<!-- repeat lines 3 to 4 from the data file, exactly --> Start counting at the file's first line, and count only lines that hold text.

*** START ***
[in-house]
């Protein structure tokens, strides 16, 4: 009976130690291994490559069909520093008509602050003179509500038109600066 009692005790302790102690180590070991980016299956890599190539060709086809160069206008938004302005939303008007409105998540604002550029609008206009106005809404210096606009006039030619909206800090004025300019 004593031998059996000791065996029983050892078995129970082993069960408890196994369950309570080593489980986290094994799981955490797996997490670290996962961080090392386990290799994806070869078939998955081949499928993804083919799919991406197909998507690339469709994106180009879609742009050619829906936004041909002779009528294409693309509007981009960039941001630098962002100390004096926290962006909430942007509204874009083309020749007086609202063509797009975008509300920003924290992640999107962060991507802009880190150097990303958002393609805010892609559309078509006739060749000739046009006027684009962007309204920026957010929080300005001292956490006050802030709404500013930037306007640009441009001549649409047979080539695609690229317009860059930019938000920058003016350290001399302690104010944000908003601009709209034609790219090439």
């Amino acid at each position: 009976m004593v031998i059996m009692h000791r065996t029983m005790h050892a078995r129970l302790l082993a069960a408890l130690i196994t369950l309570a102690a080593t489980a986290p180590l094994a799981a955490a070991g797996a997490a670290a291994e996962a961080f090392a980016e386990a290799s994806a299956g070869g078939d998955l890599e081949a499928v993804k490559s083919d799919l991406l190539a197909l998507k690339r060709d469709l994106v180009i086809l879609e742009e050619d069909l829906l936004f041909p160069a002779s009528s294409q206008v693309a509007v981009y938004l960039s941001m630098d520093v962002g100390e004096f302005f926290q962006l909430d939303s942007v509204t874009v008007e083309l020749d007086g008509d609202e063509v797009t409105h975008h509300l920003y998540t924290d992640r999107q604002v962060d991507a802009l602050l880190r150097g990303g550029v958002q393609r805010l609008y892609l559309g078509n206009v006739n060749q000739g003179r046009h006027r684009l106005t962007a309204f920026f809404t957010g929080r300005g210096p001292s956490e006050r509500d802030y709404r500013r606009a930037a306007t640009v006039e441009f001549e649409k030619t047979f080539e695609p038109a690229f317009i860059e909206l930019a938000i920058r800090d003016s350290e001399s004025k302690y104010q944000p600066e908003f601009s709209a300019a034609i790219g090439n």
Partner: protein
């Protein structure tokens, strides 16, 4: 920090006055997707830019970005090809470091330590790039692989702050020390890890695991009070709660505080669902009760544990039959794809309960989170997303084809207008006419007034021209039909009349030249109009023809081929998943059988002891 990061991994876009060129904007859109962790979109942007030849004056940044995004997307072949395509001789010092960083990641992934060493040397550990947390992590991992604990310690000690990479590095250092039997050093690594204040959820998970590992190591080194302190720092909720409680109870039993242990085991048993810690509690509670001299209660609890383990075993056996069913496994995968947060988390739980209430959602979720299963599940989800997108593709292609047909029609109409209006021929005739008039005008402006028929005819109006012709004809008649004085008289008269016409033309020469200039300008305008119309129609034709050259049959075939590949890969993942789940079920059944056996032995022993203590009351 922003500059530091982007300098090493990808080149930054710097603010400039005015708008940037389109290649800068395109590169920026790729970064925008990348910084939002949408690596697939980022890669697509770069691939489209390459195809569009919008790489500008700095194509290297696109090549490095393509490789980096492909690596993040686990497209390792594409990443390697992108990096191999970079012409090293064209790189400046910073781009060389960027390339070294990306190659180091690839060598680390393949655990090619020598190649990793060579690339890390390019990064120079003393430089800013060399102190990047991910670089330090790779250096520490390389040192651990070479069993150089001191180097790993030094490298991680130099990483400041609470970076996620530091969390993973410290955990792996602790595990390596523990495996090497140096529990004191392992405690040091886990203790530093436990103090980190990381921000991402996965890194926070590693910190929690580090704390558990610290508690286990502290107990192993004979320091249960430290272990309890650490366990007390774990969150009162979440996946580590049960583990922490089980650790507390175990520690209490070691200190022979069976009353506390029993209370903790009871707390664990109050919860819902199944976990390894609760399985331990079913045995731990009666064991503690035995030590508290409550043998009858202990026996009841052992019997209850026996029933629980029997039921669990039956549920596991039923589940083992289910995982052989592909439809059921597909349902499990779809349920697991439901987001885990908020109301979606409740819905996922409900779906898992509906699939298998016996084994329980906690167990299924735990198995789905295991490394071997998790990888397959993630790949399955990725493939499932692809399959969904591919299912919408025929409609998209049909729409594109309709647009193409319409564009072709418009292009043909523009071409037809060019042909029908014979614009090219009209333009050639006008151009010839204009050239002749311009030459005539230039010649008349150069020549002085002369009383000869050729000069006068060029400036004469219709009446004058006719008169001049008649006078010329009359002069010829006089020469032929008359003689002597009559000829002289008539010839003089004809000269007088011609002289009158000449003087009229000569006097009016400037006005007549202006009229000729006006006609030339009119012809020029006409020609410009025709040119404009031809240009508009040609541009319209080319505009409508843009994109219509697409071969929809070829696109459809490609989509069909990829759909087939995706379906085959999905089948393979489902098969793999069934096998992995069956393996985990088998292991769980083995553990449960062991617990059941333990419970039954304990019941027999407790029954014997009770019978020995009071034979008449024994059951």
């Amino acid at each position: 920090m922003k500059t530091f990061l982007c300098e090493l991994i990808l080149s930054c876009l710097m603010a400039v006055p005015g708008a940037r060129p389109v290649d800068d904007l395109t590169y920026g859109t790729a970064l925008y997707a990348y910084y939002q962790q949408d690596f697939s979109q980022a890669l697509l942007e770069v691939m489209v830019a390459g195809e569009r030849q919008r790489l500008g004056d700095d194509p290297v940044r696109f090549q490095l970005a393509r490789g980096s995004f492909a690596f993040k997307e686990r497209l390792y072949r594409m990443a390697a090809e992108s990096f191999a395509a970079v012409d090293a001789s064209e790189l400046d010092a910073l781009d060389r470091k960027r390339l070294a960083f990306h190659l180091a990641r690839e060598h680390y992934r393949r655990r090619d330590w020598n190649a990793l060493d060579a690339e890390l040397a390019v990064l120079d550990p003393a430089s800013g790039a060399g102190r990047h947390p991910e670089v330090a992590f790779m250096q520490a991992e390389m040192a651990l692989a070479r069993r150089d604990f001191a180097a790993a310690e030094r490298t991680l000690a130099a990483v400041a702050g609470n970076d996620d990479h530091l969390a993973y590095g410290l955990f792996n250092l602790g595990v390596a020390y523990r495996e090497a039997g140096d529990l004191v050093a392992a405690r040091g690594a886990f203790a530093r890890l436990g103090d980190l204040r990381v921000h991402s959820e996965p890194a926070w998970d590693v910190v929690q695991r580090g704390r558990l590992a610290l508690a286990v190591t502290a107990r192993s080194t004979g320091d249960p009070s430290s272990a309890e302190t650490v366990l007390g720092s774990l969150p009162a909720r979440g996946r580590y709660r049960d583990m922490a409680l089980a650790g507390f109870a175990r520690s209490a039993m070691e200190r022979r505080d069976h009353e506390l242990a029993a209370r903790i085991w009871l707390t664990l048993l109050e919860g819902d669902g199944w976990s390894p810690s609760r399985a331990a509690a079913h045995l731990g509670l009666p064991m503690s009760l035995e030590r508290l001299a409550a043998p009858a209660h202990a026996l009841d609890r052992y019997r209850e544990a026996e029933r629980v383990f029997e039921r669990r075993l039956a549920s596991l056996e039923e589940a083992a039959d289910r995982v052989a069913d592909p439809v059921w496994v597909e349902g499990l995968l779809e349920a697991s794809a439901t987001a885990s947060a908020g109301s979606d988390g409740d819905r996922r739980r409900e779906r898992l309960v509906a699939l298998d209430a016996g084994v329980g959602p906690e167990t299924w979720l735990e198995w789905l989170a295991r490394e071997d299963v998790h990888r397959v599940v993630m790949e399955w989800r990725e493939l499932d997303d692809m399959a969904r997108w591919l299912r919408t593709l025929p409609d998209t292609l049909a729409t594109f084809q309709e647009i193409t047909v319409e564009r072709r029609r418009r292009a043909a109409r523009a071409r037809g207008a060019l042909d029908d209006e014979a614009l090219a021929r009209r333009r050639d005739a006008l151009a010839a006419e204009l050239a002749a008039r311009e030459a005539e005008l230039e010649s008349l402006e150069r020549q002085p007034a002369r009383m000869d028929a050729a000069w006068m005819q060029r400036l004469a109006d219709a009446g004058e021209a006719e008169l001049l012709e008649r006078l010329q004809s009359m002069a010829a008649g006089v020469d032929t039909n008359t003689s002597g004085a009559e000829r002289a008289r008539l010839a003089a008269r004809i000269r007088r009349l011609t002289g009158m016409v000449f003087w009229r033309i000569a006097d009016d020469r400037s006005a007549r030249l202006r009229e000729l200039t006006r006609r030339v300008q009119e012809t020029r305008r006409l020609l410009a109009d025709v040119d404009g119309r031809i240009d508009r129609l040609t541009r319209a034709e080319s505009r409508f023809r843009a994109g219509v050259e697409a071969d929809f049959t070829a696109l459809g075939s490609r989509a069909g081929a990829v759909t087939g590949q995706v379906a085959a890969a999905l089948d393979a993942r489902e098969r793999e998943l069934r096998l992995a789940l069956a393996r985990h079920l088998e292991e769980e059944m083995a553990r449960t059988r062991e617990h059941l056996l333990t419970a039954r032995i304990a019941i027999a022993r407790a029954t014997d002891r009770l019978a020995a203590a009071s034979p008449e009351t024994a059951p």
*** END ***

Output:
């Amino acid at each position: 009976m004593v031998i059996m009692h000791r065996t029983m005790h050892a078995r129970l302790l082993a069960a408890l130690i196994t369950l309570a102690a080593t489980a986290p180590l094994a799981a955490a070991g797996a997490a670290a291994e996962a961080f090392a980016e386990a290799s994806a299956g070869g078939d998955l890599e081949a499928v993804k490559s083919d799919l991406l190539a197909l998507k690339r060709d469709l994106v180009i086809l879609e742009e050619d069909l829906l936004f041909p160069a002779s009528s294409q206008v693309a509007v981009y938004l960039s941001m630098d520093v962002g100390e004096f302005f926290q962006l909430d939303s942007v509204t874009v008007e083309l020749d007086g008509d609202e063509v797009t409105h975008h509300l920003y998540t924290d992640r999107q604002v962060d991507a802009l602050l880190r150097g990303g550029v958002q393609r805010l609008y892609l559309g078509n206009v006739n060749q000739g003179r046009h006027r684009l106005t962007a309204f920026f809404t957010g929080r300005g210096p001292s956490e006050r509500d802030y709404r500013r606009a930037a306007t640009v006039e441009f001549e649409k030619t047979f080539e695609p038109a690229f317009i860059e909206l930019a938000i920058r800090d003016s350290e001399s004025k302690y104010q944000p600066e908003f601009s709209a300019a034609i790219g090439n």
Partner: protein